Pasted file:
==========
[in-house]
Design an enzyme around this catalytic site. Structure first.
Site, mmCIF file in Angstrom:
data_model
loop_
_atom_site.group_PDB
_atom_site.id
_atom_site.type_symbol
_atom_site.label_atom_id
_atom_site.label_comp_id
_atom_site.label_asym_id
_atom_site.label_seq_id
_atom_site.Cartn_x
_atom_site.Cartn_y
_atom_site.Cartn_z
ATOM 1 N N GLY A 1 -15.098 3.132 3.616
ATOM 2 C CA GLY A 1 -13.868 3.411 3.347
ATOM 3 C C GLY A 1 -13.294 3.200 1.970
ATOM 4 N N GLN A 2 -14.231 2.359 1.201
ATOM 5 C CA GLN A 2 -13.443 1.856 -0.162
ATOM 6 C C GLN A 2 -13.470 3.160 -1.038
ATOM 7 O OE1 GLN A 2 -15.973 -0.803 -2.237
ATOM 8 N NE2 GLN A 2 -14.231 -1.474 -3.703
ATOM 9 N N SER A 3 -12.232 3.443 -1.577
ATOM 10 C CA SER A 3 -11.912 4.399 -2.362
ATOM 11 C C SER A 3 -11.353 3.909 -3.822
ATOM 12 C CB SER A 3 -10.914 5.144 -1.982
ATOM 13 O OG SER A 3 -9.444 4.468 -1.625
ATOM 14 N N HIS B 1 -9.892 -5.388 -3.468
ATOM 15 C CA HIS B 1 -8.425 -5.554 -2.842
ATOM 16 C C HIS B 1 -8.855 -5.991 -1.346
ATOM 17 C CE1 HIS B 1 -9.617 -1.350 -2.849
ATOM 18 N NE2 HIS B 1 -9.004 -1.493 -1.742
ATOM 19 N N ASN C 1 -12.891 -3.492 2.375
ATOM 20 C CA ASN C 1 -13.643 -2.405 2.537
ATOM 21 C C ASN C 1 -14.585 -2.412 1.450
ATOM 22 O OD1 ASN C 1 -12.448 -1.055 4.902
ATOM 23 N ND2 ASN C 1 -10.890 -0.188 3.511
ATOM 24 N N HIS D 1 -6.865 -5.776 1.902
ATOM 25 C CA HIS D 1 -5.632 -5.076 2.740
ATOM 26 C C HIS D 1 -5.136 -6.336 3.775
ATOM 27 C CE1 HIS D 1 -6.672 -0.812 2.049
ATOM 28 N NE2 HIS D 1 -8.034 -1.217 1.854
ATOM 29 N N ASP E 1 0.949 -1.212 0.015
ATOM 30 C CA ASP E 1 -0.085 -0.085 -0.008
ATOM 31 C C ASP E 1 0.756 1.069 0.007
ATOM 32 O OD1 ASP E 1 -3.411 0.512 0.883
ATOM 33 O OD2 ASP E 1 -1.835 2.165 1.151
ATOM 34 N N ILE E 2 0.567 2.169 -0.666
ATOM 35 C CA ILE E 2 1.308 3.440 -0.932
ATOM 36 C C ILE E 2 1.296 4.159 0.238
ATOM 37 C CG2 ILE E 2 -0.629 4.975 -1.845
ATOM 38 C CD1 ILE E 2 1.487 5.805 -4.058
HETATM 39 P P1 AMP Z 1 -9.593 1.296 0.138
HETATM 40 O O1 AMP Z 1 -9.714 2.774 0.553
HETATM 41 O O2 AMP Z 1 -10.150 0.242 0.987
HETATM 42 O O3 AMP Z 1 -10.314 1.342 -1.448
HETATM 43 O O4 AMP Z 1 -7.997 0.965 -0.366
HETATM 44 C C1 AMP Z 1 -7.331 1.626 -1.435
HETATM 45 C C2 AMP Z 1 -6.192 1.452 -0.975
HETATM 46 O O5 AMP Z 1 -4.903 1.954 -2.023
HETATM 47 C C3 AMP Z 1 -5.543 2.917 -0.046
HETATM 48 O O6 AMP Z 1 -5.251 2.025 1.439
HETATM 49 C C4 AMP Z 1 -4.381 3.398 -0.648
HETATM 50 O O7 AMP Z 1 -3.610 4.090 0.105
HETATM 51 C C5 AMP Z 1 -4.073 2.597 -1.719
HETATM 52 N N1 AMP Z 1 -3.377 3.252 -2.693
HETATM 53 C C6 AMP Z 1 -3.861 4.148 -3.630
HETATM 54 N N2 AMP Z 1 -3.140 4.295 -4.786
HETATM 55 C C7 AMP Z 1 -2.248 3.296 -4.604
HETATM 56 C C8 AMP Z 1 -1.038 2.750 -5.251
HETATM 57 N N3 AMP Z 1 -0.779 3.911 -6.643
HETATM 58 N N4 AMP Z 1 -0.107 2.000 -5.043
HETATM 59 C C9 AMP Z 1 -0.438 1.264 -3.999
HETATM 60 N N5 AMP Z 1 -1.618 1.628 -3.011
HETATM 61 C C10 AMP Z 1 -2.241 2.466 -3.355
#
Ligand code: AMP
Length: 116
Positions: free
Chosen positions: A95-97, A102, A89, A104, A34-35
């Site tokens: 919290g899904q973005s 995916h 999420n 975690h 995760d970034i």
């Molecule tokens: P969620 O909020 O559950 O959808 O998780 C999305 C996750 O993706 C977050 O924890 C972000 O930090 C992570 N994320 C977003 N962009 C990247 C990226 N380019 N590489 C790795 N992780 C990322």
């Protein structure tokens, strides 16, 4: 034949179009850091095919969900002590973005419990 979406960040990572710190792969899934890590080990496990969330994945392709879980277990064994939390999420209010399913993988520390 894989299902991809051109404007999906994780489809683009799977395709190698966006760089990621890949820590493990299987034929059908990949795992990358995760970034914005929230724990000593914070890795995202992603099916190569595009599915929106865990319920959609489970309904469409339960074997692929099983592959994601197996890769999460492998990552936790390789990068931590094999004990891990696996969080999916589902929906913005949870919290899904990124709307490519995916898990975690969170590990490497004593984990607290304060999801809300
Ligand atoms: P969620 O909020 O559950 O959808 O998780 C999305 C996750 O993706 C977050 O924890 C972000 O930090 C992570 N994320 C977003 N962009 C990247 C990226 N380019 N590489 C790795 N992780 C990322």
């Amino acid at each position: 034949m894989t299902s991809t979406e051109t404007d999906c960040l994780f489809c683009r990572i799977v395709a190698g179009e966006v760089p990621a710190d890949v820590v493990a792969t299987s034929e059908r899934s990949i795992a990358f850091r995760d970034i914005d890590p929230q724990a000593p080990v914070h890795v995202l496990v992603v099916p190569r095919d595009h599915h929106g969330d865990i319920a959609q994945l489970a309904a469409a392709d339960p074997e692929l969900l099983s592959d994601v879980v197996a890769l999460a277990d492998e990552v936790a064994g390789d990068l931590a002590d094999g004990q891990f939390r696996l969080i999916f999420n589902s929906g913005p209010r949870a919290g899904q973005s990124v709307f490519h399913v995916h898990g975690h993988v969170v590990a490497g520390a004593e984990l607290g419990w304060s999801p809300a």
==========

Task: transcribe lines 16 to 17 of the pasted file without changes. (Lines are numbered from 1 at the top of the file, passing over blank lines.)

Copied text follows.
ATOM 1 N N GLY A 1 -15.098 3.132 3.616
ATOM 2 C CA GLY A 1 -13.868 3.411 3.347